Yale Law School releases 'The Myth of Normalcy' in Kashmir

Greater Kashmir

‘1992 circular directs police not to register FIR against SF’

Srinagar, June 18: The United States based Yale Law School has released a report “The Myth of Normalcy: Impunity and the judiciary in Kashmir,” saying that the justice delivery system in Kashmir falls short of international standards.
The report was prepared by a team of students in the Allard K Lowenstein International Human Rights Clinic at Yale Law School at the request of Jammu and Kashmir Coalition of Civil Society.
The report which is spread over 50 pages has examined the existing affirmative claims against the troops deployed in the state and the habeas corpus petitions and observed that the government of Jammu and Kashmir in 1992 has issued a circular instructing the state police to stop filing FIRs against security forces without the approval of the higher authorities.
The report said in case FIR was filed, non-cooperation from the security forces often prevents police from conducting a complete investigation.  The report said that the mandatory sanction to prosecute the security force personnel involved in alleged human rights violation has become major hurdle in prosecution.
The report has questioned the credibility of military trials and said that it has led to lack of accountability. The report said in a custodial murder case of 1996, the investigation identified four troopers as perpetrators. “In 2000 the central government granted sanction for prosecution but the sessions judge gave the defendants the option of militarily trial. A BSF court assumed the jurisdiction of the case in 2000 and contacted relatives of the victim in 2005, requesting them to testify the witness. However the document sent to the family at the time of the request revealed that two of the original four defendants had been replaced with new names- thus two of the original perpetrators had been removed from the legal proceedings,” the report said. Later the BSF court notified the family that all four defendants had been acquitted.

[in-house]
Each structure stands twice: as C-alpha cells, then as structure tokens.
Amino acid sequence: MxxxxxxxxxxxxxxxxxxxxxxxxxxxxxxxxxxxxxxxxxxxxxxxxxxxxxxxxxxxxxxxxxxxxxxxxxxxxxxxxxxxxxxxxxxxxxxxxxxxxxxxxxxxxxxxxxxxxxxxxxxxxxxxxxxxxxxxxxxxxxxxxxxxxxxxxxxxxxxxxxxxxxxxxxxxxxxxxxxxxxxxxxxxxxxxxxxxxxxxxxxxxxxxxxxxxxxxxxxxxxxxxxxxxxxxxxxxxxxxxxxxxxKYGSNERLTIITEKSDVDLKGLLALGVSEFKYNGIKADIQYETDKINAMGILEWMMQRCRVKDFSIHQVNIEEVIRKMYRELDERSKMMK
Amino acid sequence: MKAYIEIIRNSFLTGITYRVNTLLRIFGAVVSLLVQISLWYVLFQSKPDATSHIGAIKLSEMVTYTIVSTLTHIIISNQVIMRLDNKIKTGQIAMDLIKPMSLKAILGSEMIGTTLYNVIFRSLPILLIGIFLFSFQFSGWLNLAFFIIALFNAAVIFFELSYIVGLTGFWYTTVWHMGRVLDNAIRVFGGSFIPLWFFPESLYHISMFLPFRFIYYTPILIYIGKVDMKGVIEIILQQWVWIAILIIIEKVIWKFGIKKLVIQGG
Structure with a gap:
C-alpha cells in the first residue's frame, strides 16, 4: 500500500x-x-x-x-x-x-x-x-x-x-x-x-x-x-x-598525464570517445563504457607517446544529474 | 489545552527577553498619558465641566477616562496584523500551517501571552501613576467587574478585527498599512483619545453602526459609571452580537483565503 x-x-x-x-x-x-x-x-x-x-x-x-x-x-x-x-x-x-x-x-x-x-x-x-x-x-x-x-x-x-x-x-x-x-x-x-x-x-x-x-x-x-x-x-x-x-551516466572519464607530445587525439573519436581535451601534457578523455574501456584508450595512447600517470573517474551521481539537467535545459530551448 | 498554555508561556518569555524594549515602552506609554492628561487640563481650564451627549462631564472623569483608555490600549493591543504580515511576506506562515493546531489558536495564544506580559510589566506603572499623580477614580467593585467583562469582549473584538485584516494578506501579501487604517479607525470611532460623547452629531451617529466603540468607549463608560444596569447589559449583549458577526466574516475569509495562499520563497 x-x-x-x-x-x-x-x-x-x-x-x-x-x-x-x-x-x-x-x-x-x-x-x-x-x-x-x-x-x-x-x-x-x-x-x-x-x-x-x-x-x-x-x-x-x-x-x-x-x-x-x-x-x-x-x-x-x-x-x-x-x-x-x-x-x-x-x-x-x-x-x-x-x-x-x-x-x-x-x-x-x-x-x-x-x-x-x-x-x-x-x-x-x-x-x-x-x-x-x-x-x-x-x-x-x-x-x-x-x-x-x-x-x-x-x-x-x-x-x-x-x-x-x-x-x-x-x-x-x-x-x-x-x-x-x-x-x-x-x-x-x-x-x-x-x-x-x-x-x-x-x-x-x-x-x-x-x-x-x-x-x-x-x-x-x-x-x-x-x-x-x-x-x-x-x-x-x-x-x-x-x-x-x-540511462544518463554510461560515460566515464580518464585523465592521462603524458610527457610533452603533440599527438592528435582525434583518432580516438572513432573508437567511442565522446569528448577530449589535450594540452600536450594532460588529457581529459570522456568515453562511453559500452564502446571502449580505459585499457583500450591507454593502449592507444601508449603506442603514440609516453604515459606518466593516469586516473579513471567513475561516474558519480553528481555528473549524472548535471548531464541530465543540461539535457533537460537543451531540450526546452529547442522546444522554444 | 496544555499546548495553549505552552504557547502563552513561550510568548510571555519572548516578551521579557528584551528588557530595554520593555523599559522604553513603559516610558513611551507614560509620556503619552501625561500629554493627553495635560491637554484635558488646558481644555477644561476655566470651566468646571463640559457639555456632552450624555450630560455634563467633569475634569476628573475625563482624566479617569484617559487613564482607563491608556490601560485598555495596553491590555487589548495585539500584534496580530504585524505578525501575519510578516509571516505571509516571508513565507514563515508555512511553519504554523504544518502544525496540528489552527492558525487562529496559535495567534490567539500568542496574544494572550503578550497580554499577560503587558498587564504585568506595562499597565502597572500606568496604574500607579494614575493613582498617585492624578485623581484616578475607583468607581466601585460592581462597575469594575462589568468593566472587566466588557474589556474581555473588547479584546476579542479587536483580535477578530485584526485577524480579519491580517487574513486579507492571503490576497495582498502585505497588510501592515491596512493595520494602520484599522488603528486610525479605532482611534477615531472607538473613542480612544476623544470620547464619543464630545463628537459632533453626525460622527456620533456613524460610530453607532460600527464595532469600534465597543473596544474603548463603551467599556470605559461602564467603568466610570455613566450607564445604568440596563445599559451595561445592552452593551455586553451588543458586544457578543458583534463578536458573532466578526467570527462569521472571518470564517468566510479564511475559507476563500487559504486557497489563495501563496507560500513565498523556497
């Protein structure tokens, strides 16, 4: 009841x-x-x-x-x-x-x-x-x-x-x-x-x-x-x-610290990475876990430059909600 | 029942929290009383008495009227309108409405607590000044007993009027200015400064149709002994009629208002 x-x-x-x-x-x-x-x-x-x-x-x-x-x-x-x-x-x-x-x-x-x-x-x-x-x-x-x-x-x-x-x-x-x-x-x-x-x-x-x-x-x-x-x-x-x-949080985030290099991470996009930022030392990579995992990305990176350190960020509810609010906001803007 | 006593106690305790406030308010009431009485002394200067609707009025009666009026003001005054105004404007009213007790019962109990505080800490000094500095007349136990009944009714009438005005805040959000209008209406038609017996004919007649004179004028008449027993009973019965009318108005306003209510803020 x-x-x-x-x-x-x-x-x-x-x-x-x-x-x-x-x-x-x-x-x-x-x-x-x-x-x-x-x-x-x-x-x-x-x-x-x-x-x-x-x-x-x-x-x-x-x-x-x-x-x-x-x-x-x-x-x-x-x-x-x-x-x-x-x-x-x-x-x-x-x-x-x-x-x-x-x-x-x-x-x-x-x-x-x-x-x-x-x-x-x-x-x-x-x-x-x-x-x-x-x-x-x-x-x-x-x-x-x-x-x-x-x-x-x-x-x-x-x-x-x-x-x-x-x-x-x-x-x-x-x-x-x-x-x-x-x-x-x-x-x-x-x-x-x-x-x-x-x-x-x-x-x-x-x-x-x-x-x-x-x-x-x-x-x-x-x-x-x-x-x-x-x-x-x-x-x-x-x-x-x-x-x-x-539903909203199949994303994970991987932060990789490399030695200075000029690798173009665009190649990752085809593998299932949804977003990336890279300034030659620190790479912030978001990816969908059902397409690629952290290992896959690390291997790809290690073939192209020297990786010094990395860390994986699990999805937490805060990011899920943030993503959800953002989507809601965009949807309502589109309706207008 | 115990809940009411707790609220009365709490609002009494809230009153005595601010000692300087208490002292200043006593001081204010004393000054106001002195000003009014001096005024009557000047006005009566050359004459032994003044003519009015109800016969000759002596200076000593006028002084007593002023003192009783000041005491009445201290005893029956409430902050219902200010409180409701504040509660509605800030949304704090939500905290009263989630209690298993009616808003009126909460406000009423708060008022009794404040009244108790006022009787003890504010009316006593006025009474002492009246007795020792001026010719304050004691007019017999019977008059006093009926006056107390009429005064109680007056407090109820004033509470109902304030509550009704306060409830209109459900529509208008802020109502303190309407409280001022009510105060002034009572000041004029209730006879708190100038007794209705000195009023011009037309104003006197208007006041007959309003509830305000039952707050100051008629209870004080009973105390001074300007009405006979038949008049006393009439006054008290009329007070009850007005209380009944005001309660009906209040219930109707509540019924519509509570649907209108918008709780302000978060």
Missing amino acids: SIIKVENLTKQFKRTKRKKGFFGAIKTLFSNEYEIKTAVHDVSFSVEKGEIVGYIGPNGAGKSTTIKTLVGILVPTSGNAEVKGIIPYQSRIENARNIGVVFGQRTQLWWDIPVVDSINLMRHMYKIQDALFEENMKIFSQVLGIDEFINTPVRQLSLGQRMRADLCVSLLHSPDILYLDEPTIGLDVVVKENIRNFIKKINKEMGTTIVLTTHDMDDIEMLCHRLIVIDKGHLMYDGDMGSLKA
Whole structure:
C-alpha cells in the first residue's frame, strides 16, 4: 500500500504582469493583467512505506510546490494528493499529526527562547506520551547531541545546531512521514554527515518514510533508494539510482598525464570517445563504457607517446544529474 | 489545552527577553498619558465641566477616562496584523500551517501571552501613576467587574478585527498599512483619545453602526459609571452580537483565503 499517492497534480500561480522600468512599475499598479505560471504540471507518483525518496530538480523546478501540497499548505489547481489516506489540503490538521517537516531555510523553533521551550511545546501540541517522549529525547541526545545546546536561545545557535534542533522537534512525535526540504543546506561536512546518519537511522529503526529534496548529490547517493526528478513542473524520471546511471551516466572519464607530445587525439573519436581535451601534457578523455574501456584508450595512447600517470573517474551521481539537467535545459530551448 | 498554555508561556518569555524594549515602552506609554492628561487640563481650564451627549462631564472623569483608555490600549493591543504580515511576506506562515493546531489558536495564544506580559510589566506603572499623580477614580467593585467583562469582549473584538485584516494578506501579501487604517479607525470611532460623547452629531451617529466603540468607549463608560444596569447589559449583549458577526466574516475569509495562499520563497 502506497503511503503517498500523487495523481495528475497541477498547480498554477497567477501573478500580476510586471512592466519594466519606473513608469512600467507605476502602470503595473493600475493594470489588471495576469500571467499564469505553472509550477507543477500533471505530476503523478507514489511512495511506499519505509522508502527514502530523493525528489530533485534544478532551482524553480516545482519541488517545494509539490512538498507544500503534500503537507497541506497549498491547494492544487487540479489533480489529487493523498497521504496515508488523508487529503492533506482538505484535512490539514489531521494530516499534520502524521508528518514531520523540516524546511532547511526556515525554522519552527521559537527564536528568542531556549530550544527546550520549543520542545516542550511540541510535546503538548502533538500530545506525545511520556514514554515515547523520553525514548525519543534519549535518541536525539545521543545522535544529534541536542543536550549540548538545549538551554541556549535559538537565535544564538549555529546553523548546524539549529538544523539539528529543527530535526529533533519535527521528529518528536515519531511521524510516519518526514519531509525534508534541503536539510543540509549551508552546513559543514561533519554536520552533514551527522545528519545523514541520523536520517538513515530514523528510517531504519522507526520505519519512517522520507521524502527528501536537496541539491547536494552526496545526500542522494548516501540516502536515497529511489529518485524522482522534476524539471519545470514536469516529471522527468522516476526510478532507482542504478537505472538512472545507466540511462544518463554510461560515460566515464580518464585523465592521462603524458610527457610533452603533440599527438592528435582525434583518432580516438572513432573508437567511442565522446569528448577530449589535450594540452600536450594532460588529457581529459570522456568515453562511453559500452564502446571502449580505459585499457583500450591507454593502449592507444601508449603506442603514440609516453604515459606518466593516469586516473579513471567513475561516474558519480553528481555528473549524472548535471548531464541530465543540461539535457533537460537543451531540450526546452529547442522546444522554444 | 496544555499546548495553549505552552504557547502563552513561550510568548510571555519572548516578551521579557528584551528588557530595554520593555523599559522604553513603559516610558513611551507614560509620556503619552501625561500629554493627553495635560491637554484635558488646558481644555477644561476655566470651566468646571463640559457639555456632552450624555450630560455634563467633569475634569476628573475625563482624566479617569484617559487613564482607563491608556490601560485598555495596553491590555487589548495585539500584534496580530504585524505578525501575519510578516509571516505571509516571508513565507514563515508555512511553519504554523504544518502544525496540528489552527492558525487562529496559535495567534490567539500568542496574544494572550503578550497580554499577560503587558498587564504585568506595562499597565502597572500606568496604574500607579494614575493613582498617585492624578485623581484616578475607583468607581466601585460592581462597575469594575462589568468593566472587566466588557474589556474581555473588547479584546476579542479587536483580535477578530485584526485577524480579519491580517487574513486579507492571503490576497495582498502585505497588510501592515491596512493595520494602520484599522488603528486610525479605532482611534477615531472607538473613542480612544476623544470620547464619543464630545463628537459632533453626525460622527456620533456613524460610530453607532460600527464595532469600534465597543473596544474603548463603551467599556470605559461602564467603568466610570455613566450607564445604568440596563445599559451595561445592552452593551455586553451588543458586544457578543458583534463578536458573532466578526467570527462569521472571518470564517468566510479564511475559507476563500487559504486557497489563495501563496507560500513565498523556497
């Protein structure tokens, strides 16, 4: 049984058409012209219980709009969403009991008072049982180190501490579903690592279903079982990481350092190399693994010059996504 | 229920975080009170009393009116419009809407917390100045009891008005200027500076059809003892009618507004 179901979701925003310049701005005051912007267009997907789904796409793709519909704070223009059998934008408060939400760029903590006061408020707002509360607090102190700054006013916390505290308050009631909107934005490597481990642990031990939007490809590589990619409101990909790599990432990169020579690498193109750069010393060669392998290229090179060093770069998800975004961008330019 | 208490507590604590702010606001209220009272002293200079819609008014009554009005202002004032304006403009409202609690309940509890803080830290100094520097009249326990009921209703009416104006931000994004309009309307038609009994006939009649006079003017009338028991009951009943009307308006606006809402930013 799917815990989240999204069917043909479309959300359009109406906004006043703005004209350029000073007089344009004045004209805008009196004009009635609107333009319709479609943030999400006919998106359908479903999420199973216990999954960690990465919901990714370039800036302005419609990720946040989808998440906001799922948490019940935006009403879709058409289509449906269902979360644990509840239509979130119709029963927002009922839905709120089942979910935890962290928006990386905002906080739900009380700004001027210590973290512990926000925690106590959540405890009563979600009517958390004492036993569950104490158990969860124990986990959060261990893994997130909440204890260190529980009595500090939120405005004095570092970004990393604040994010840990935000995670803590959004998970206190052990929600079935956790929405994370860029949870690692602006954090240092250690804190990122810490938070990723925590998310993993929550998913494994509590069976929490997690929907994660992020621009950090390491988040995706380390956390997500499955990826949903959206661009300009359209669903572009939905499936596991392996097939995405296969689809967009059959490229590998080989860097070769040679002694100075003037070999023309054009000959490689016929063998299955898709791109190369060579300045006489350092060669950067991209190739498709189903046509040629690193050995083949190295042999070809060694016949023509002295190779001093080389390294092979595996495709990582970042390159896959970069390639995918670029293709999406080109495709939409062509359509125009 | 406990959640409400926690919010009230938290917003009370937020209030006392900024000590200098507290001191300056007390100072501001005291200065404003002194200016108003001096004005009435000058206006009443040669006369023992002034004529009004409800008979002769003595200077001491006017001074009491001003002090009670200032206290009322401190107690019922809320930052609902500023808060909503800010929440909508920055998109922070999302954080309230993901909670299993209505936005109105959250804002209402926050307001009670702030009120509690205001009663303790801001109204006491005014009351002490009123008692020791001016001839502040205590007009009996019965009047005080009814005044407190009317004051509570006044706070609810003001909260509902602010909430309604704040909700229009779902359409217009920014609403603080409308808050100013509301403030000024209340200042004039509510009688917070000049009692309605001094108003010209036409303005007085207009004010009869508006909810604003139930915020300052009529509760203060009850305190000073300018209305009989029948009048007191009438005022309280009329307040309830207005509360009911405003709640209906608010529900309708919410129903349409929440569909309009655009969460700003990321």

The report says lawyers interviewed have expressed unanimous concern that the state often denies custody of persons after arresting them. The report cited several cases of disappearance and said the refusal to acknowledge custody of detainees has become a norm in Kashmir. It said the security forces and prison authorities often circumvent court orders to release detainees by preemptively re-arresting them before release or re-arresting them immediately after release. The report said that the fresh preventive detention orders under the Public Safety Act were unfounded. The report says that the legal system has failed to respond to habeas corpus petitions.